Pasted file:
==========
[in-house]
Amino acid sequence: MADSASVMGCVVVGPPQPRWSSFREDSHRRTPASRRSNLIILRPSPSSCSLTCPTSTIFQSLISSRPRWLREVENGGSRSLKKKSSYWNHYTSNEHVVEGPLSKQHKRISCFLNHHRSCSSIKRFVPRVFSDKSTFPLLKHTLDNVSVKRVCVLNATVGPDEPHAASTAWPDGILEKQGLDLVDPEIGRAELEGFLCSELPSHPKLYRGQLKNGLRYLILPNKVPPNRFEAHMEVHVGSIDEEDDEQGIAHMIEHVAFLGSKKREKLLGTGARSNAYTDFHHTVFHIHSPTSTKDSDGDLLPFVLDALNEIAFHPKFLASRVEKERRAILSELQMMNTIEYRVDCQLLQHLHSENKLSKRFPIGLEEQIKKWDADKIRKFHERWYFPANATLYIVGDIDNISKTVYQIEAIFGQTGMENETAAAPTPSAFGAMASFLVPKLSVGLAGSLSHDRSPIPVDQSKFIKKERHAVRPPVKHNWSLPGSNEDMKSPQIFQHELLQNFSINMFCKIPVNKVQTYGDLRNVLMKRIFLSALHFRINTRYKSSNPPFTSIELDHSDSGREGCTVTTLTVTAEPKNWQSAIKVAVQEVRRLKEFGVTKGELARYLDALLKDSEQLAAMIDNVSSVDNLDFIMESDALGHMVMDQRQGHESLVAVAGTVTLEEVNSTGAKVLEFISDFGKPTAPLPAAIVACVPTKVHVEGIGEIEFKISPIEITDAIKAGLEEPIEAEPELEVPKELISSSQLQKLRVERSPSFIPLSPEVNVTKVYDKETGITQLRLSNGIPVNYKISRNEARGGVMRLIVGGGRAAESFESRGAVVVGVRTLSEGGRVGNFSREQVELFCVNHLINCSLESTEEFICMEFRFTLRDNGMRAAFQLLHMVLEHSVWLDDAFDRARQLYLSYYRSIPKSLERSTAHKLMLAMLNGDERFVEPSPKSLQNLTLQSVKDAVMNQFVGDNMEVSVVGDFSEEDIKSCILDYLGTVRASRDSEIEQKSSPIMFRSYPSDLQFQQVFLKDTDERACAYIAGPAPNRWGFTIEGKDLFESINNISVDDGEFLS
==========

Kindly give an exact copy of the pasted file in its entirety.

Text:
[in-house]
Amino acid sequence: MADSASVMGCVVVGPPQPRWSSFREDSHRRTPASRRSNLIILRPSPSSCSLTCPTSTIFQSLISSRPRWLREVENGGSRSLKKKSSYWNHYTSNEHVVEGPLSKQHKRISCFLNHHRSCSSIKRFVPRVFSDKSTFPLLKHTLDNVSVKRVCVLNATVGPDEPHAASTAWPDGILEKQGLDLVDPEIGRAELEGFLCSELPSHPKLYRGQLKNGLRYLILPNKVPPNRFEAHMEVHVGSIDEEDDEQGIAHMIEHVAFLGSKKREKLLGTGARSNAYTDFHHTVFHIHSPTSTKDSDGDLLPFVLDALNEIAFHPKFLASRVEKERRAILSELQMMNTIEYRVDCQLLQHLHSENKLSKRFPIGLEEQIKKWDADKIRKFHERWYFPANATLYIVGDIDNISKTVYQIEAIFGQTGMENETAAAPTPSAFGAMASFLVPKLSVGLAGSLSHDRSPIPVDQSKFIKKERHAVRPPVKHNWSLPGSNEDMKSPQIFQHELLQNFSINMFCKIPVNKVQTYGDLRNVLMKRIFLSALHFRINTRYKSSNPPFTSIELDHSDSGREGCTVTTLTVTAEPKNWQSAIKVAVQEVRRLKEFGVTKGELARYLDALLKDSEQLAAMIDNVSSVDNLDFIMESDALGHMVMDQRQGHESLVAVAGTVTLEEVNSTGAKVLEFISDFGKPTAPLPAAIVACVPTKVHVEGIGEIEFKISPIEITDAIKAGLEEPIEAEPELEVPKELISSSQLQKLRVERSPSFIPLSPEVNVTKVYDKETGITQLRLSNGIPVNYKISRNEARGGVMRLIVGGGRAAESFESRGAVVVGVRTLSEGGRVGNFSREQVELFCVNHLINCSLESTEEFICMEFRFTLRDNGMRAAFQLLHMVLEHSVWLDDAFDRARQLYLSYYRSIPKSLERSTAHKLMLAMLNGDERFVEPSPKSLQNLTLQSVKDAVMNQFVGDNMEVSVVGDFSEEDIKSCILDYLGTVRASRDSEIEQKSSPIMFRSYPSDLQFQQVFLKDTDERACAYIAGPAPNRWGFTIEGKDLFESINNISVDDGEFLS